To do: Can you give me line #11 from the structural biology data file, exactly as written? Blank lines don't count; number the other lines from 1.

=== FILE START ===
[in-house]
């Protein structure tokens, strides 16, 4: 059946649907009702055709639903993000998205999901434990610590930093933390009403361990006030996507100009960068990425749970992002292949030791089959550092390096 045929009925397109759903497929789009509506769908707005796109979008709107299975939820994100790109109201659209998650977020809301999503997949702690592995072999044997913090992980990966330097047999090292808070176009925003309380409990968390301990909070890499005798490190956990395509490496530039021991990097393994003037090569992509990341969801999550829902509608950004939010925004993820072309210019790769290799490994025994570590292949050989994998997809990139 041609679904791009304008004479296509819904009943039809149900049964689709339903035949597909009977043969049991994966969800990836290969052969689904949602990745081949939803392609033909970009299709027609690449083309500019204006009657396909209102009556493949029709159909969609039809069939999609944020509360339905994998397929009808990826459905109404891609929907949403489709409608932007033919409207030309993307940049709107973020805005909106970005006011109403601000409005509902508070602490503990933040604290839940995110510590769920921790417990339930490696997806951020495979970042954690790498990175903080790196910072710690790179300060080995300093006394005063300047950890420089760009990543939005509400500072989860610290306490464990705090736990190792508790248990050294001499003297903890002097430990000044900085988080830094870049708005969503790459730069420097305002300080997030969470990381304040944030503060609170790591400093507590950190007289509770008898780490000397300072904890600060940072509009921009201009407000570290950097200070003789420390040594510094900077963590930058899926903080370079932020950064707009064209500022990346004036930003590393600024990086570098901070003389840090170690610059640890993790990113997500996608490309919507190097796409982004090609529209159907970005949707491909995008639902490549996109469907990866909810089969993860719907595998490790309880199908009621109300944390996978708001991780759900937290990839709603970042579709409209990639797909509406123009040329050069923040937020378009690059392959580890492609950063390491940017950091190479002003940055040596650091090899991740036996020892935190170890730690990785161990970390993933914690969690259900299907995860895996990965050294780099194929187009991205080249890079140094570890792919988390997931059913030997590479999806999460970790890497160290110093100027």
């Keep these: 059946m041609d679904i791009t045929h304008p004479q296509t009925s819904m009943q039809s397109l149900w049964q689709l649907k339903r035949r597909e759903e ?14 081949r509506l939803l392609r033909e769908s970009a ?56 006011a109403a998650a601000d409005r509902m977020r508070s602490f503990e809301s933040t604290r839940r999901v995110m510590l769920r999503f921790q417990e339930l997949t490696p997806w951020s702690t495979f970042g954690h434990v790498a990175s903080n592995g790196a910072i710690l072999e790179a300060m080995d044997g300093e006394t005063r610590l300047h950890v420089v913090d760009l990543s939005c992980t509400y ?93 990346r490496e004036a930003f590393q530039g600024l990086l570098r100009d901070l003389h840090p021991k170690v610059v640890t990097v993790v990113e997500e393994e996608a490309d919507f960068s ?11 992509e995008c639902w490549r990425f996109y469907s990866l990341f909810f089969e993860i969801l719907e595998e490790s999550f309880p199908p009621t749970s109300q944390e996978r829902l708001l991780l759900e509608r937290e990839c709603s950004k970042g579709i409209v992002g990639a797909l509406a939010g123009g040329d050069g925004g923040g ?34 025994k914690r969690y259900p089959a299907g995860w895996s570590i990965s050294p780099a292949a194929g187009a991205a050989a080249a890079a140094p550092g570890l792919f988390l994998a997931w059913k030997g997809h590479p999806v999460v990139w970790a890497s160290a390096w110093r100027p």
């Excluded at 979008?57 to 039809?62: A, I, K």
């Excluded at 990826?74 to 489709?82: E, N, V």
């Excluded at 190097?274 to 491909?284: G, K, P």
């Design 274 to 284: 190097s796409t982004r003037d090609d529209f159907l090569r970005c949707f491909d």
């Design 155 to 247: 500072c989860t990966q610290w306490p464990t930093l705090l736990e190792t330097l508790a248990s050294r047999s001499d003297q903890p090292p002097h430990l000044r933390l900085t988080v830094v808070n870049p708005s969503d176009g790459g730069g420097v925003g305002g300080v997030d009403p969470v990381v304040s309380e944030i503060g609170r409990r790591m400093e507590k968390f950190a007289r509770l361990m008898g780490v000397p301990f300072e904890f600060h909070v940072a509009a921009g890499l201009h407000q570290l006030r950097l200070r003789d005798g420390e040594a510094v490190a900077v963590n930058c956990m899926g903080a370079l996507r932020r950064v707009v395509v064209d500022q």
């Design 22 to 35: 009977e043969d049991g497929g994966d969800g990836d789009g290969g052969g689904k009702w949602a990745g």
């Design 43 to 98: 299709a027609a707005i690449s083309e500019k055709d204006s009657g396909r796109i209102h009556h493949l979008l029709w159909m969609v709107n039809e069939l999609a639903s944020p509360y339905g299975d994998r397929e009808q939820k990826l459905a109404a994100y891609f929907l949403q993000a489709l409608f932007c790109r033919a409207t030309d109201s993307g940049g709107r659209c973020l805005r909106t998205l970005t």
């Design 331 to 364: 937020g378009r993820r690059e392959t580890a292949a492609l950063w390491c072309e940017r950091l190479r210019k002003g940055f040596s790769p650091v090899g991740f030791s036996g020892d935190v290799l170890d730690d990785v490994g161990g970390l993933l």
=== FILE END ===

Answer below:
């Design 331 to 364: 937020g378009r993820r690059e392959t580890a292949a492609l950063w390491c072309e940017r950091l190479r210019k002003g940055f040596s790769p650091v090899g991740f030791s036996g020892d935190v290799l170890d730690d990785v490994g161990g970390l993933l």